Activities at airport in Mena detailed

FBI document recently released

A C-123K cargo plane, like this one, was out tted at the Mena airport and “ ew with various cameras ... to obtain photographic evi- dence of the Sandinistas in the act of smuggling narcotics,” according to an entry in the Encyclopedia of Arkansas
(Arkansas Democrat-Gazette file photo)
A C-123K cargo plane, like this one, was out tted at the Mena airport and “ ew with various cameras ... to obtain photographic evi- dence of the Sandinistas in the act of smuggling narcotics,” according to an entry in the Encyclopedia of Arkansas
(Arkansas Democrat-Gazette file photo)

An "extensive joint investigation" by the FBI, Arkansas State Police and IRS revealed that Barry Seal used the Mena airport for "smuggling activity" from late 1980 until March 1984, according to an internal FBI document released last week.

Seal, a pilot, moved much of his smuggling operation from Baton Rouge to Rich Mountain Aviation at the Mena Intermountain Airport, according to the May 1986 FBI memo.

In February 1986, Seal was killed in a hail of machine-gun fire outside a Baton Rouge Salvation Army halfway house after allegedly crossing Pablo Escobar and the Medellin drug cartel.

"Prior to his death, Seal admitted to smuggling large quantities of cocaine from South America (Columbia) to United States and testified before Senate investigative committee," according to the FBI memo, which referred to a telephone call between agents in Little Rock and Miami.

People in Mena say the drugs never got there, that the drugs were jettisoned over drop zones in the Louisiana swamps before Seal's planes made it back to Mena.

"It's my understanding that no drugs ever came to the airport," said Fred Ogden, the current airport manager. "I've heard that stated by a lot of people."

Seal's mysterious activities have spawned books, movies and a cornucopia of conspiracy theories.


Barry Seal, courtesy of the Baton Rouge Advocate.

In its review of the 2017 movie "American Made" -- about Seal -- the New York Times called it the Conspiratorial Industrial Complex.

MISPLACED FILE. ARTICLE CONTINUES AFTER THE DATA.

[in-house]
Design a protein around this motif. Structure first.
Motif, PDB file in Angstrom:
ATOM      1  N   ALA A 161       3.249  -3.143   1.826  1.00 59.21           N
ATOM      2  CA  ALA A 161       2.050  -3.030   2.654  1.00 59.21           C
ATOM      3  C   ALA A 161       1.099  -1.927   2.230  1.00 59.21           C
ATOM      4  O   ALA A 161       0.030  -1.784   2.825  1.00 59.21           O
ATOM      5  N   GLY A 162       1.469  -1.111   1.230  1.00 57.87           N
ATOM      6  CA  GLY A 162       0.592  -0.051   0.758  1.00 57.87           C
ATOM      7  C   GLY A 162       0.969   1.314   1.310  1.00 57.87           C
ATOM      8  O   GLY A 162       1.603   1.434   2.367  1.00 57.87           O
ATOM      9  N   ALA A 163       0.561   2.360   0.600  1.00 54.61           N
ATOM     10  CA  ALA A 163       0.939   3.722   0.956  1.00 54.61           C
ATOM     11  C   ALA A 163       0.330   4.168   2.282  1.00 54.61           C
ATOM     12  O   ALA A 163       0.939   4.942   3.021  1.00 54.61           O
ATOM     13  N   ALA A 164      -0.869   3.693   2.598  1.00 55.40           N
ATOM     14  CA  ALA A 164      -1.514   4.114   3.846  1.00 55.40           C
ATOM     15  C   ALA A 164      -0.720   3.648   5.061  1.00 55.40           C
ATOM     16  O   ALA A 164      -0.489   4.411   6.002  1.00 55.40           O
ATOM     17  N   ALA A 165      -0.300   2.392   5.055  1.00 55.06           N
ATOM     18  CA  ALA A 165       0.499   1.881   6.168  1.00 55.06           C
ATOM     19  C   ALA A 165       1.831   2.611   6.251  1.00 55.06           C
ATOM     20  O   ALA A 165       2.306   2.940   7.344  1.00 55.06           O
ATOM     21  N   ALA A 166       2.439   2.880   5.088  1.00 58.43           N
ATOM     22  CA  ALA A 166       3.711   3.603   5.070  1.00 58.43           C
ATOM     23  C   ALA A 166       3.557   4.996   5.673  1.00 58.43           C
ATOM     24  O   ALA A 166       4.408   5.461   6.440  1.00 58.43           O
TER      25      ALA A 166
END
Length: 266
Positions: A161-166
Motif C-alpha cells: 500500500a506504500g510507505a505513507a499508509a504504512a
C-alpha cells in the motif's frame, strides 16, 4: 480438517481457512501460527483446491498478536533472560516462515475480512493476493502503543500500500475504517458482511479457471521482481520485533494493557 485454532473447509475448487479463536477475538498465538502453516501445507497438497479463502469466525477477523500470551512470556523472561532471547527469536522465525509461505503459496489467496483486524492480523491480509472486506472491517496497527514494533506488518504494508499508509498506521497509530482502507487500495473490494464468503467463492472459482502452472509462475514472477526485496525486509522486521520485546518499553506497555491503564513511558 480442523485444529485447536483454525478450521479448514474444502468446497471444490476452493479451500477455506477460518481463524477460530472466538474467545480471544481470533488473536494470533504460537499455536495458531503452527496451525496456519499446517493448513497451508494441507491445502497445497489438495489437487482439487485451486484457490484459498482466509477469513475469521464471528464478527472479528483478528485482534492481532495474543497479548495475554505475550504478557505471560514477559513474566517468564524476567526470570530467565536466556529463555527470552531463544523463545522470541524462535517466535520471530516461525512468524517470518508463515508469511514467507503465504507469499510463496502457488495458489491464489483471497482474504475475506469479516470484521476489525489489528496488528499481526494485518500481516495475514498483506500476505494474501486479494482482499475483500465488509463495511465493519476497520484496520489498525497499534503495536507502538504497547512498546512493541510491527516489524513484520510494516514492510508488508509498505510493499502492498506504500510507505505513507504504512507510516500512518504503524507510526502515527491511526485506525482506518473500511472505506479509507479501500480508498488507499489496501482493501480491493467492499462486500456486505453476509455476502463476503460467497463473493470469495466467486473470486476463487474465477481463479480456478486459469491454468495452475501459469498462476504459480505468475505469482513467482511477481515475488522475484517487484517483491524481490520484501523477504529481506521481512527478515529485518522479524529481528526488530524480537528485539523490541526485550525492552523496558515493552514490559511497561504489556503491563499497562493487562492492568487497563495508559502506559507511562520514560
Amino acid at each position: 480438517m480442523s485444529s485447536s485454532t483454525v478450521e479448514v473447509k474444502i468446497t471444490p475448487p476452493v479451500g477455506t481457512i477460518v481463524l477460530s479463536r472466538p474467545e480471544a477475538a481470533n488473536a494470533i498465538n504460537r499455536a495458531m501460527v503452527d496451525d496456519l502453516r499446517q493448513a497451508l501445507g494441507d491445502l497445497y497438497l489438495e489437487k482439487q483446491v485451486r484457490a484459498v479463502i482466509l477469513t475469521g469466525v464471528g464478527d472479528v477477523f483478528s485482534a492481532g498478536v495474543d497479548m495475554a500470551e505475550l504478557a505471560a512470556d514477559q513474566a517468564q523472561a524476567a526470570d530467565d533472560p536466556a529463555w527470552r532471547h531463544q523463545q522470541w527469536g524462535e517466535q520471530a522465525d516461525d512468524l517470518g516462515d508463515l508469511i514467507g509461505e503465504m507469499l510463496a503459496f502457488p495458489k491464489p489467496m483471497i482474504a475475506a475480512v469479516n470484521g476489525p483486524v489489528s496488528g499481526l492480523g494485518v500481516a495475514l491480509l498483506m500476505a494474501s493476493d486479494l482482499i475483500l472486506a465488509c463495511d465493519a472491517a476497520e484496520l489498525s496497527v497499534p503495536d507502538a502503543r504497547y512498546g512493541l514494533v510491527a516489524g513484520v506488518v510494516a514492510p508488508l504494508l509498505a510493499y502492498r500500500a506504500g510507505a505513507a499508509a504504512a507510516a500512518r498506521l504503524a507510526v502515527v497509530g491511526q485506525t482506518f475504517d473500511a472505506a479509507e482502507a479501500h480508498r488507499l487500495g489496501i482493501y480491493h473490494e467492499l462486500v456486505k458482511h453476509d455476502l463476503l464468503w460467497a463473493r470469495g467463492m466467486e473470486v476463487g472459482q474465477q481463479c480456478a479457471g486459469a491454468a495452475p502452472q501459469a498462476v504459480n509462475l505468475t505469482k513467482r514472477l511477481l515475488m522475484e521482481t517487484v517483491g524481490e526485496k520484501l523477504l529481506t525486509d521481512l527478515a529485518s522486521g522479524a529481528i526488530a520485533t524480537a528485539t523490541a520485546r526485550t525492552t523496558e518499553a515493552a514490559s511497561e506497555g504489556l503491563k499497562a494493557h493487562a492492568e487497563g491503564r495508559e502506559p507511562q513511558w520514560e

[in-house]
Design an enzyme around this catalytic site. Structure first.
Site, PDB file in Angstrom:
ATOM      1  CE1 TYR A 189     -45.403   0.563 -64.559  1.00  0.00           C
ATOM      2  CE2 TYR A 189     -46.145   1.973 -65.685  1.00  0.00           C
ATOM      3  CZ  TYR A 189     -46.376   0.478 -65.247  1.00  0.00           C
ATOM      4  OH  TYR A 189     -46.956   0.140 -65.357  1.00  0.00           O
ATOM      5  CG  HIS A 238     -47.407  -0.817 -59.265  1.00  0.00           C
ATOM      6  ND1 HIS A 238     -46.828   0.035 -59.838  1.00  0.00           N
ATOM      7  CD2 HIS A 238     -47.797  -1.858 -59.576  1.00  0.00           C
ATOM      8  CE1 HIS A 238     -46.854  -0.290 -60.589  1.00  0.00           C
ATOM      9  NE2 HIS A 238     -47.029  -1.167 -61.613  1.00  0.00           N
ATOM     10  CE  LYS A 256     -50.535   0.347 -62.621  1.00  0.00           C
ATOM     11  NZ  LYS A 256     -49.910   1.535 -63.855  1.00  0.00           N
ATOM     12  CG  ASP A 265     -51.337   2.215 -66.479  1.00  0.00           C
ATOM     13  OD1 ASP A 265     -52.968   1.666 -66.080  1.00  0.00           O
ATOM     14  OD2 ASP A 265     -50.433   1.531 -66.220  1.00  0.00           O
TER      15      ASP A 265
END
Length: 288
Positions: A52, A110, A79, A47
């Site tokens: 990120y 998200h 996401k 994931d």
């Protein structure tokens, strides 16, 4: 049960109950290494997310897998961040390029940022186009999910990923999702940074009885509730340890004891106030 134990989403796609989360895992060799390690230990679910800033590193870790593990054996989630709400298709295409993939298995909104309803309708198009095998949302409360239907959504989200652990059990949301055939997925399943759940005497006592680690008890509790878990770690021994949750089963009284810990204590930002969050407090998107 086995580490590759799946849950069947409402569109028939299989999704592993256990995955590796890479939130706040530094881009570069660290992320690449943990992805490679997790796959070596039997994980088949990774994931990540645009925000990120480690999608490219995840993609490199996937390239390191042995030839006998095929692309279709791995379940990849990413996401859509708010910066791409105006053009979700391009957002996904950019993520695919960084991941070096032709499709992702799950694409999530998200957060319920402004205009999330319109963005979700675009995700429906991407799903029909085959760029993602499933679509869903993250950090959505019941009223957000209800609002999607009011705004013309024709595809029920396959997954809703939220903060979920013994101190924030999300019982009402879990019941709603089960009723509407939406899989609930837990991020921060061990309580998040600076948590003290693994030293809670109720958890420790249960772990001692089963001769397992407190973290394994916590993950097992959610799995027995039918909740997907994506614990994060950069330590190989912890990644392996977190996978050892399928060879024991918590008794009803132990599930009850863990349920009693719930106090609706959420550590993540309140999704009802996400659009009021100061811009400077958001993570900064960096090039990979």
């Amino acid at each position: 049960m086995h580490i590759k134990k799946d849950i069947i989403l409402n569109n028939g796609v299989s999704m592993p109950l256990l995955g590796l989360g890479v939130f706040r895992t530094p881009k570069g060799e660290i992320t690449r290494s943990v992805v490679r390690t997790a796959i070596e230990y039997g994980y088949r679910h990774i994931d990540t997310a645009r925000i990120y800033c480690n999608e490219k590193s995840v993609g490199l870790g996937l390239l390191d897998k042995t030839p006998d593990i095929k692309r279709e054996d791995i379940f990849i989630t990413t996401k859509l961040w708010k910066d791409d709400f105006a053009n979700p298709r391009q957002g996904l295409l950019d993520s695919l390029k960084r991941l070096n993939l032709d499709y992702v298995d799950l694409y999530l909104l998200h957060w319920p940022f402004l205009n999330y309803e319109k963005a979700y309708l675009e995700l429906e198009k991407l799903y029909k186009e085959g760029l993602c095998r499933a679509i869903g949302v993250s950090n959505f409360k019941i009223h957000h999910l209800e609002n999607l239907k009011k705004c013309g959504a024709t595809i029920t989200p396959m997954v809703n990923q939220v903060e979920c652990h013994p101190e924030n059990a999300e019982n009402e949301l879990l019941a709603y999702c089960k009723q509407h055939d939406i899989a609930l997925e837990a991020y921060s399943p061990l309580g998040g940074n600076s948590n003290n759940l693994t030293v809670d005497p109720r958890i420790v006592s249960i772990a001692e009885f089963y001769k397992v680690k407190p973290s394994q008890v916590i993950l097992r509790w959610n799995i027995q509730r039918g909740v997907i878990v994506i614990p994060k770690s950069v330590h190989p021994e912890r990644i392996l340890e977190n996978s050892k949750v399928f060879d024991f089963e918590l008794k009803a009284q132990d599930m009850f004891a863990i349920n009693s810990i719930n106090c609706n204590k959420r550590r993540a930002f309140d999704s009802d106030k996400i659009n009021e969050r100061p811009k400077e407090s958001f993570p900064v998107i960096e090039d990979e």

After a barrage of requests from different people and media outlets under the federal Freedom of Information Act, on Wednesday the FBI released more than 1,000 pages of its file on Seal: About 25 pages of that trove refer to Arkansas or Mena. Many names in the documents have been redacted.

Connor Hagan, a spokesman for the FBI in Little Rock, said the release of so much information into the FBI's public "vault" doesn't mean that the documents haven't previously been made public. He said parts of it could have been provided to people under previous information requests. Hagan said he didn't know how many pages of material on Seal have yet to be made public by the FBI.

In the 1980s, the Mena airport was the reported base of a drug-smuggling, money-laundering and arms-smuggling ring run by Adler Berriman "Barry" Seal, according to an Encyclopedia of Arkansas entry on the airport.

"There are also allegations that the U.S. Central Intelligence Agency used the airport as a base of operations to help train pilots and troops for the intervention in the Nicaraguan uprising by the Contras during the 1980s," according to the encyclopedia entry, which was written by Robert Sherwood of Georgia Military College.

The Sandinistas overthrew Nicaraguan President Anastasio Somoza Debayle in 1979, ending 46 years of dictatorship by the Somoza family.

Counterrevolutionaries, known as Contras, were battling the Sandinistas. And the U.S. was covertly backing the Contras.

"According to some reports, the [Mena] airport, from 1981 to 1985, was a major transit point for the entrance of cocaine and heroin into the United States," Sherwood wrote. "The estimated value of the narcotics smuggled through the facility is $3 [billion] to $5 billion. For a portion of this time, the alleged ringleader of the drug smuggling, Seal, appeared to have been working with the CIA and the Drug Enforcement Agency. The goal was to expose the involvement of the Nicaraguan Sandinista regime as a major supplier of cocaine from Colombia."